Canterbury principal whose students survived deadly school bus crash calls for compulsory seatbelts

A north Canterbury high school principal is driving calls for seatbelts to be compulsory on school buses.

Six Rangiora High students are lucky to be alive after the bus they were in was involved in a deadly collision with a car earlier this month.

Every weekday tens of thousands of students jump on the bus for a ride to and from school. 

But two weeks ago that journey took a deadly turn.

"There was a big boom pretty much and I was thrown into another seat," year 11 student Jacob Shatford said.

"My eyes were closed so I didn't know what much had happened and I opened my eyes to be on a pile of glass," year 9 student Selwyn Trembath said.

The school bus the Rangiora High students were on collided with a car at an intersection, killing the two occupants.

Remarkably no students were seriously injured or killed.

"God gave us a second chance," Selwyn said.

While emergency services were en route, Jacob and Selwyn helped care for the other crash victims.

"I mean we're told to click all the time to save our lives. But we're okay with our children not having to do that on a bus. It just makes no sense," Rangiora High School principal Bruce Kearney said.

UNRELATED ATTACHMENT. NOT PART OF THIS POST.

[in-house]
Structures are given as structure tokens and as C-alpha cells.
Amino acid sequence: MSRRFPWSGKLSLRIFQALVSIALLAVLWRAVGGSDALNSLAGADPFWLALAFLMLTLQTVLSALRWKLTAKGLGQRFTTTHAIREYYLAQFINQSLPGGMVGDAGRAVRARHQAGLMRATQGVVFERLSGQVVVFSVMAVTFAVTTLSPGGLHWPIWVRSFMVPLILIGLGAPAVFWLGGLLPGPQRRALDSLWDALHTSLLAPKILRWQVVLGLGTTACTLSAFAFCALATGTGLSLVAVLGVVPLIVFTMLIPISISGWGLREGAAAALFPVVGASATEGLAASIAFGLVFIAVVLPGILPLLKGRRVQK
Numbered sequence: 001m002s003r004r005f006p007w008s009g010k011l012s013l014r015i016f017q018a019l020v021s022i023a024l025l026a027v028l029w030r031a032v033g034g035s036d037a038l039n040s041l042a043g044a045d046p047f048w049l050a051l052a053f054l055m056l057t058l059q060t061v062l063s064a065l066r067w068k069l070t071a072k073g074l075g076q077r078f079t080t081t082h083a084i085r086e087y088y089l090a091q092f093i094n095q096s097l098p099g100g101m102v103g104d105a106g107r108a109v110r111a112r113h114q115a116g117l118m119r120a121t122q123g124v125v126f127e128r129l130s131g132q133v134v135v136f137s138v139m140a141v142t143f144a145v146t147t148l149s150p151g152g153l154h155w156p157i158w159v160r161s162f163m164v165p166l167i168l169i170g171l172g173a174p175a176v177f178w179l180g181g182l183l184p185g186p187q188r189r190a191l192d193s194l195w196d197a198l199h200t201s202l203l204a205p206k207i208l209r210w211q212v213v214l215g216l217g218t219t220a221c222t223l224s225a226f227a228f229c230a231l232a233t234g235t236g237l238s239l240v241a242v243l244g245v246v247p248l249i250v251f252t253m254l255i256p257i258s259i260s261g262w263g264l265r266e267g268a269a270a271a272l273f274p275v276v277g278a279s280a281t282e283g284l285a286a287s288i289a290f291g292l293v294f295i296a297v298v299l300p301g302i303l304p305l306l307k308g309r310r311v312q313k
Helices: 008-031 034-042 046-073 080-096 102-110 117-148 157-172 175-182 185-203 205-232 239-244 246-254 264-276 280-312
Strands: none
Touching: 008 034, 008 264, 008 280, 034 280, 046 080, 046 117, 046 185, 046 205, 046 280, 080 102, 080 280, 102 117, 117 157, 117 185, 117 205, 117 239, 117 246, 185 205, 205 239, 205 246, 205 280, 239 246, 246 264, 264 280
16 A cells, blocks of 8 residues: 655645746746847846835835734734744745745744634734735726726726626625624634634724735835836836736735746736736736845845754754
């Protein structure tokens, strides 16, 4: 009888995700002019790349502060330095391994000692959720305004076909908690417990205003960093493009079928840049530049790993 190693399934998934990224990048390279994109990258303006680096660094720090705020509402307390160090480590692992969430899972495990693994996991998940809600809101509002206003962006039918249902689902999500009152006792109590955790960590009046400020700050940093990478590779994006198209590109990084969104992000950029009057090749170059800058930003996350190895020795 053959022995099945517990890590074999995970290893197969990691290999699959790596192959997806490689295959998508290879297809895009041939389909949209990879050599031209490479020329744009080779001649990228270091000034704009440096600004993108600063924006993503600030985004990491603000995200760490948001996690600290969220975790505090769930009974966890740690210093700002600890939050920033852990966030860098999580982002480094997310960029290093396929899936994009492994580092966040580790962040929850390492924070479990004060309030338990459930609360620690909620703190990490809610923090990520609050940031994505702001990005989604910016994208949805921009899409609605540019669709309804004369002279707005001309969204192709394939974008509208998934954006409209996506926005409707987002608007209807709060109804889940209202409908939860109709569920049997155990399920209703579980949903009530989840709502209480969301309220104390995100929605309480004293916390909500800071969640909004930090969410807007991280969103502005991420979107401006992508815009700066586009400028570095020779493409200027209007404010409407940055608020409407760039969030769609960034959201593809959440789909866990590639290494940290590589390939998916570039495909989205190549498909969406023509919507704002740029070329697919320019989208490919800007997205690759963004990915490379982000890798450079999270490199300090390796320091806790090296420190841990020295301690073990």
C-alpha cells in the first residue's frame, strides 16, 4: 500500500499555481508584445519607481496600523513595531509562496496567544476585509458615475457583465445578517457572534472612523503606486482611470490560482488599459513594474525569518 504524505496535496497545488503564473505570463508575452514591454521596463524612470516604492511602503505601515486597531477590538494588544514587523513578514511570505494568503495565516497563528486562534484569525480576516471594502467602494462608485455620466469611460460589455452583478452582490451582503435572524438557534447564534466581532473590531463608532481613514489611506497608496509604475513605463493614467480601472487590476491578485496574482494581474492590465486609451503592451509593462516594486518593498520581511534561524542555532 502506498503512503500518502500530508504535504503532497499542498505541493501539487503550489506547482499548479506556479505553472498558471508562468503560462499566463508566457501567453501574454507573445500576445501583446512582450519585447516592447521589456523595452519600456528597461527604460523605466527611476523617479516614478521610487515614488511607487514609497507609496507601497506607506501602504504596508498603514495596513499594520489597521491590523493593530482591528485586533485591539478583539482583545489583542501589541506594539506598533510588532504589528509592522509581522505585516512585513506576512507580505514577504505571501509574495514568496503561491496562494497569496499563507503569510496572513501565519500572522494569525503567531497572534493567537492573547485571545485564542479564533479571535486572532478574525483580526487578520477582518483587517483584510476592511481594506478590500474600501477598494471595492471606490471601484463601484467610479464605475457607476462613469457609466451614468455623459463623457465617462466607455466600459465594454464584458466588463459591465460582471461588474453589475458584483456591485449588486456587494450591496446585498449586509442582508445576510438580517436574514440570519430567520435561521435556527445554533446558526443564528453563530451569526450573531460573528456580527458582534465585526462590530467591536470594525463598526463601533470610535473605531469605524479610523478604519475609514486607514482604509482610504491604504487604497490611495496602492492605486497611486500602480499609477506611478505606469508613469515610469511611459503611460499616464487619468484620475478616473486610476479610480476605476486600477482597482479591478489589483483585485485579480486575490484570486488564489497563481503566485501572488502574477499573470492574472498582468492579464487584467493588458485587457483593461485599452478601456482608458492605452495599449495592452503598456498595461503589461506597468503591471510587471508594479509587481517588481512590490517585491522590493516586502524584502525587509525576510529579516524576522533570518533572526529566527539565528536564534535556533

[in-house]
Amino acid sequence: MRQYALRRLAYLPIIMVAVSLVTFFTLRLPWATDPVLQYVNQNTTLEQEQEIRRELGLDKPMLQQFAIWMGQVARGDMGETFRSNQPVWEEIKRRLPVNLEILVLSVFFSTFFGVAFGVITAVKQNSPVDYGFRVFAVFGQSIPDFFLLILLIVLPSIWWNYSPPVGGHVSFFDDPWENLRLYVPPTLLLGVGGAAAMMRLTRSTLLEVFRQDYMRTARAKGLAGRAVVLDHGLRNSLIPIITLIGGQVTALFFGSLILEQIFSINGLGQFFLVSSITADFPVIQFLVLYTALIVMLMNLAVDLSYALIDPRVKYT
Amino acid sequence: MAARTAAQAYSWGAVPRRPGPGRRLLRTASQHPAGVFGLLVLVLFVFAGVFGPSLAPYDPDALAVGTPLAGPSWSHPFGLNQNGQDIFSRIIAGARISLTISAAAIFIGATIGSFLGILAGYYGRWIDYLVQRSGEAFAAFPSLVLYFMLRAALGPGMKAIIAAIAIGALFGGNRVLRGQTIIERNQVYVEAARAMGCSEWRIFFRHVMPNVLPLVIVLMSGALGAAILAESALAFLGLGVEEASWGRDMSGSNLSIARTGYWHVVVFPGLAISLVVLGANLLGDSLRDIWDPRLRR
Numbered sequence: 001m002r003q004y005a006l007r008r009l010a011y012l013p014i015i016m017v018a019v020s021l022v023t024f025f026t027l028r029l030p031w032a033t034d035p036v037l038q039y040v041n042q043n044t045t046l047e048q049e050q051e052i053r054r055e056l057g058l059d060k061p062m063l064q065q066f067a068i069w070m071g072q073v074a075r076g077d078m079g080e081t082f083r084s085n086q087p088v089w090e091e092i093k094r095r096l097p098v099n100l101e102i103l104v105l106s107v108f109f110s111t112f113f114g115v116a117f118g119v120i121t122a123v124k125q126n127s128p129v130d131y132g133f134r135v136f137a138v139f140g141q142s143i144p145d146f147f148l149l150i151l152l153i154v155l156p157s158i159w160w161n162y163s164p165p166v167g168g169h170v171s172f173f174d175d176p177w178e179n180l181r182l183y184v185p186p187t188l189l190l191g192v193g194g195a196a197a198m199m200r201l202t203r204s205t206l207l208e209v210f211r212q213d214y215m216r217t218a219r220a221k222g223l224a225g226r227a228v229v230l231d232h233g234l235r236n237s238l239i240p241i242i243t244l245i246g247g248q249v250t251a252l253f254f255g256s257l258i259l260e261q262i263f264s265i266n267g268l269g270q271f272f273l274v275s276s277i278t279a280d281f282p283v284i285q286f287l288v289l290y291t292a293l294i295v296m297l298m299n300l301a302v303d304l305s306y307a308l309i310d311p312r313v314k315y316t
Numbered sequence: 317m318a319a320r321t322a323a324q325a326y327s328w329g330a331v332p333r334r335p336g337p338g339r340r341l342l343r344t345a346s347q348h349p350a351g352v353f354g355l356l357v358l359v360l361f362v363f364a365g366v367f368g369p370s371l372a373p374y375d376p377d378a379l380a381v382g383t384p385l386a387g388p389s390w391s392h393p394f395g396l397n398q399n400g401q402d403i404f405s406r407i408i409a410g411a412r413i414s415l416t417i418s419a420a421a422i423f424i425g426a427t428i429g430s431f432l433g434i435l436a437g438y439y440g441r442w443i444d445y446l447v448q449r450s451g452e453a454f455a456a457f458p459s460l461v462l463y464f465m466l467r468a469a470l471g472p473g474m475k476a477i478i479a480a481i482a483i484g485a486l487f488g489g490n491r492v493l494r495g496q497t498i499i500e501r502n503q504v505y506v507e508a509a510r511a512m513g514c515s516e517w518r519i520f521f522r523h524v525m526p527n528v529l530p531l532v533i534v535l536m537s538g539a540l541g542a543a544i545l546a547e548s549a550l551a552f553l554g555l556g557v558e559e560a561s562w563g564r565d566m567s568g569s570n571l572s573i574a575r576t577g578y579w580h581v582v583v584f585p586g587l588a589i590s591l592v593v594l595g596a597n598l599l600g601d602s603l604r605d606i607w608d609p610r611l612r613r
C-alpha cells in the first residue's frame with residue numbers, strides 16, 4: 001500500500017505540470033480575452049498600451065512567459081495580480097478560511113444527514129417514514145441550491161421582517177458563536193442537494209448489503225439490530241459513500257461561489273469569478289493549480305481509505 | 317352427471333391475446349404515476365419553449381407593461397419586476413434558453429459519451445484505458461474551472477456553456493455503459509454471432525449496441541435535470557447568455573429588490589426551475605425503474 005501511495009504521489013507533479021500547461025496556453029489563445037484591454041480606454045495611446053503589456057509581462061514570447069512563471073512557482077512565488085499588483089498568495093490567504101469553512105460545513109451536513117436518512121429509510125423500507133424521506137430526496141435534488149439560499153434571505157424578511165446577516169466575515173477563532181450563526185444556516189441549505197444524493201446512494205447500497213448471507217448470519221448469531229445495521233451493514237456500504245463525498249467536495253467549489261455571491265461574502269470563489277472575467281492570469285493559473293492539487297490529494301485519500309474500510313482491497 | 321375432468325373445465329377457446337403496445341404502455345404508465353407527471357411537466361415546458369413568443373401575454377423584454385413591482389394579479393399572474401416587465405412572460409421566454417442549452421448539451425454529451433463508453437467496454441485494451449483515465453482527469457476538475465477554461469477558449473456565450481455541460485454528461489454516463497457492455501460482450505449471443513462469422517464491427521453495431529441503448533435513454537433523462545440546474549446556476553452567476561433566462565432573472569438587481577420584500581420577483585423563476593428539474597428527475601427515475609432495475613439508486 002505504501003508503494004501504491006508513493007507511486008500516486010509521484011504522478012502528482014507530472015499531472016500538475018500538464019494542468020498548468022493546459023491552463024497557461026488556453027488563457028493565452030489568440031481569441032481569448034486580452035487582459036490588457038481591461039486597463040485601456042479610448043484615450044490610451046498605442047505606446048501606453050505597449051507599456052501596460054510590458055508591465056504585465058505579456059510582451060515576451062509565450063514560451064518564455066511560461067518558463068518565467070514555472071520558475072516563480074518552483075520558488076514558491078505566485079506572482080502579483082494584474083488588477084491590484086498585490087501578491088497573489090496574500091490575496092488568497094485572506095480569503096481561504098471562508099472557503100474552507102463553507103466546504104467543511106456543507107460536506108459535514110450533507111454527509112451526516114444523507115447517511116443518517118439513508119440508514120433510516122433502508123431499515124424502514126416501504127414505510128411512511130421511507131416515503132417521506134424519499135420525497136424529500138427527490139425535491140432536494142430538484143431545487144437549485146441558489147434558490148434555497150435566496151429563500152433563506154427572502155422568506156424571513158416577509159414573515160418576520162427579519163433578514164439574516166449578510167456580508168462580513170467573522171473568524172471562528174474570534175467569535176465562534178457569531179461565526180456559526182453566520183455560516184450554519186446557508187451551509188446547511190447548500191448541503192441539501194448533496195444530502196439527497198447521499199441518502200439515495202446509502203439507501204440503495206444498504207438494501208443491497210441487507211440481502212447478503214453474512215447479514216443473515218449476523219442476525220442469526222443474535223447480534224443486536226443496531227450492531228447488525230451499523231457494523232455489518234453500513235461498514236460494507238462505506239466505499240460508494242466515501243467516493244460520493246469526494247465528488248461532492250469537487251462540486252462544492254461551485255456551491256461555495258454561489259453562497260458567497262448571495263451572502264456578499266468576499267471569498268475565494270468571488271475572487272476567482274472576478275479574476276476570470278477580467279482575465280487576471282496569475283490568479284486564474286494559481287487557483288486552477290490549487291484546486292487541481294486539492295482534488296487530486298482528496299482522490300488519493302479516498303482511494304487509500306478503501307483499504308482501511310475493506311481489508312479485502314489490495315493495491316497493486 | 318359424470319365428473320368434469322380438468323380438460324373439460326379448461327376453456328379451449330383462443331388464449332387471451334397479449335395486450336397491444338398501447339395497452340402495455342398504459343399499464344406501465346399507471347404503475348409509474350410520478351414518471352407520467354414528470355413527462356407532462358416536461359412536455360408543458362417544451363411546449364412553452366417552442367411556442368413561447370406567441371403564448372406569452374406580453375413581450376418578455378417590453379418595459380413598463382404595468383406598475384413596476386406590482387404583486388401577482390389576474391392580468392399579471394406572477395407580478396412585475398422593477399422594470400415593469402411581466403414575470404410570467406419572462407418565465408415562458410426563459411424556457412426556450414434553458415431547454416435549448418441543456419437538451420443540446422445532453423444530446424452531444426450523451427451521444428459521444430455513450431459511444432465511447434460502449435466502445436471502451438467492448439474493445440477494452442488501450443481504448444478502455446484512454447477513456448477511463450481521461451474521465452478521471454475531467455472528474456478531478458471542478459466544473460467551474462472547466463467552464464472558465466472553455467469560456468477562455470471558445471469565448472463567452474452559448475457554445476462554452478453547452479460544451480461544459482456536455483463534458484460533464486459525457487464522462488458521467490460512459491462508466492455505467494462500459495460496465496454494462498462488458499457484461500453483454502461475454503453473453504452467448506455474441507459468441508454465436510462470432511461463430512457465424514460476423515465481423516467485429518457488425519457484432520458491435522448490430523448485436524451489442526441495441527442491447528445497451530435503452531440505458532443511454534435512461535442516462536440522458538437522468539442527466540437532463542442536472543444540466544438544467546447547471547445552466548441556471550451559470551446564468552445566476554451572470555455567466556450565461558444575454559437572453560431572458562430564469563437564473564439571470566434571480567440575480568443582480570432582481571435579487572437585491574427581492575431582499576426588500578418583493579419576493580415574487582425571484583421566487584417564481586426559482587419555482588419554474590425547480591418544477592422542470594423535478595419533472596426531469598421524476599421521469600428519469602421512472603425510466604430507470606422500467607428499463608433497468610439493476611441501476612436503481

Just last year, the New South Wales government finished installing seatbelts on more than 2000 regional school buses. It cost over $250 million

In New Zealand, bus companies tender for school contracts. Because seatbelts aren't required by law, it's not financially viable for companies to install them on their own.

"It's a combination of Government's expectations, schools' expectations, parents' expectations and somebody has to pay," Kearney said.

Minister of Transport David Parker wasn't available for an interview but the Ministry told Newshub: "Buses are safer than other forms of road transport, because the impact of a crash is more likely to be absorbed by the larger mass of a bus."

"[It has] considered retrofitting seatbelts to buses, but has found that the cost would be prohibitive."

"At the end of the day my bus was driving on the motorway along with other cars so why aren't there seatbelts on there when there are seatbelts in cars," year 13 student Grace Leen said.

As these students are well aware, it could so easily cost much more.